Carbon has two spacing scales; one for general spacing within components and the other for layout spacing. Both are designed to complement the existing components and typography throughout the system. The two scales have certain overlapping values that serve two different roles, so be mindful when picking a spacing token.
|Spacing scale||Used for smaller, more refined spacing needs, specifically within the context of a component (i.e. the space between a label and a text input).|
|Layout scale||Typically used for positioning components on a page (i.e., the space between a text field and a selector).|
Both the spacing and the layout scales can be applied to
padding properties. Likewise, these spacing tokens can be applied to both vertical and horizontal edges. The token takes the place of the values normally assigned to
padding. The following are all approved ways to syntactically apply Carbon spacing tokens:
margin: $spacing-03;margin: $layout-03 $layout-01;margin: $spacing-07 0 $spacing-04 0;margin-right: $layout-05;padding: $spacing-04;padding: $layout-05 $layout-03;padding: $spacing-07 $spacing-04 0 $spacing-04;
Use the spacing scale when building individual components. It includes small increments needed to create appropriate spatial relationships for detail-level designs. This scale is applied and used within all Carbon components.
There are a few other non-token methods that can be used for spacing elements. Each has its own unique use case.
|Used to fluidly center an element between two edges.|
|Used on one side of an element to allow undefined space to automatically grow and shrink according to screen size. Typically used for asymmetrical fluid spacing.|
|Used to space items between the grid’s 12 columns|
The layout scale is used for arranging components and other UI parts into a full page layout. It has larger increments that are used to control the density of a design. Use the smaller layout tokens to create more dense compositions and direct relationships. Use the larger tokens to increase the amount of white space and to disassociate sections.
The Carbon grid is the encouraged way to horizontally space UI elements. The layout scale is most commonly used for vertical spacing, but it can also be applied for horizontal spacing when appropriate, especially in the case of fixed spacing.
Every part of a UI should be intentional including the empty space between elements. The amount of space between items creates relationships and hierarchy.
Elements in a design that are near each other are seen as being meaningfully related. As more space is added between elements, their perceived relationship weakens.
Patterns created through spacing can also create relationships. Elements arranged in the same spacing pattern are seen as related pieces that have equal weight.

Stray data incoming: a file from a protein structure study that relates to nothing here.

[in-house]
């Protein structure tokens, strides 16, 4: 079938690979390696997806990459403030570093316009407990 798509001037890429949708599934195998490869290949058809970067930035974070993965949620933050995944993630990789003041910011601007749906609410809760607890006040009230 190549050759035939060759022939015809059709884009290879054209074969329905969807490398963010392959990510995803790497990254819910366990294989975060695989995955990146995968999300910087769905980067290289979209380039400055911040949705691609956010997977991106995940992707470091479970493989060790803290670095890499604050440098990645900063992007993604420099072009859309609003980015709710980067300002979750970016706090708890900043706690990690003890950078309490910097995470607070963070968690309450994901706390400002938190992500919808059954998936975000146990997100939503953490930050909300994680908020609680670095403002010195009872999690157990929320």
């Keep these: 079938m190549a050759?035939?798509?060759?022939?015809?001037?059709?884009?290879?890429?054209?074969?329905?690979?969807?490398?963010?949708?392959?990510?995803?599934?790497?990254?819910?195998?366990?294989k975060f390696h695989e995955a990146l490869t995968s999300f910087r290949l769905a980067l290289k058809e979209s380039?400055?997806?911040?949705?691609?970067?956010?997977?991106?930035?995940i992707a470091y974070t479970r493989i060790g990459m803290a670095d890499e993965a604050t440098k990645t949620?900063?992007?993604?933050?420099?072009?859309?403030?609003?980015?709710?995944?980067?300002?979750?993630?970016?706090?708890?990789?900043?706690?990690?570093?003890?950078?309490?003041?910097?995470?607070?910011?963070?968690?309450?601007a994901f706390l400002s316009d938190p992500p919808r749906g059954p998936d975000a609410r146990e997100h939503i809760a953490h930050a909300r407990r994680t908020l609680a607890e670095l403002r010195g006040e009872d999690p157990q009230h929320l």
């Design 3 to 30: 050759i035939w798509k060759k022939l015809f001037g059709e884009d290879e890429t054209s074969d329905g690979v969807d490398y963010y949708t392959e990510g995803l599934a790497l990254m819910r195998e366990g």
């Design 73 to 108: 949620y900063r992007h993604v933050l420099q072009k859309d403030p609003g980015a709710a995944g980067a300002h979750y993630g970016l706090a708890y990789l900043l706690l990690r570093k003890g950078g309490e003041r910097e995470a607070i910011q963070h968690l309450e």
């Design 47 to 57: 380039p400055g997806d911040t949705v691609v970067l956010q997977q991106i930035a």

Space can also be used to denote groups of associated information. This creates content sections on a page without having to use lines or other graphical elements as a divider.
Elements that have more spacing around them tend to be perceived as higher in importance than elements that have less space around them. Take this page for instance. The top level headers have more space surrounding them giving them focus and prominence. Then as the headers descend in importance they receive less space, signaling they are subordinate.
Elements that are set close to each other can be easily overlooked. Users may see the grouping but not process each individual item. Therefore, if you have an element or content of high importance on the page, consider giving it extra surrounding space to help it attract focus.
Empty space — also known as white space — is important in design. It can be used to break up sections on a page or to help create focus on certain element(s). White space helps with information processing; too much dense information can be disorienting or overwhelming for a user. Sections of a UI are allowed to be dense, but the whole page should not be crowded; there should be white space to let the user’s eye rest.
There are always exceptions to the rule, but deviating from the spacing scales should be avoided whenever possible.
Yes, in fact it’s encouraged.
Percentages like 50% (1/2) or 33% (1/3) are still acceptable ways to divide a page. Percentages can all still be used to control max and min widths. However, using percentages for padding or margin inside of a component or element should be avoided (ex.
padding-right: 10%). The exception to this is if you’re applying it to fit the 5% grid margins.
No, the tokens themselves do not change values based on the screen size. However, it is acceptable at page breakpoints to jump a step(s) on the spacing scale to fit spacing needs (i.e., at 1440 px
padding-right: $spacing-05 but at breakpoint 768px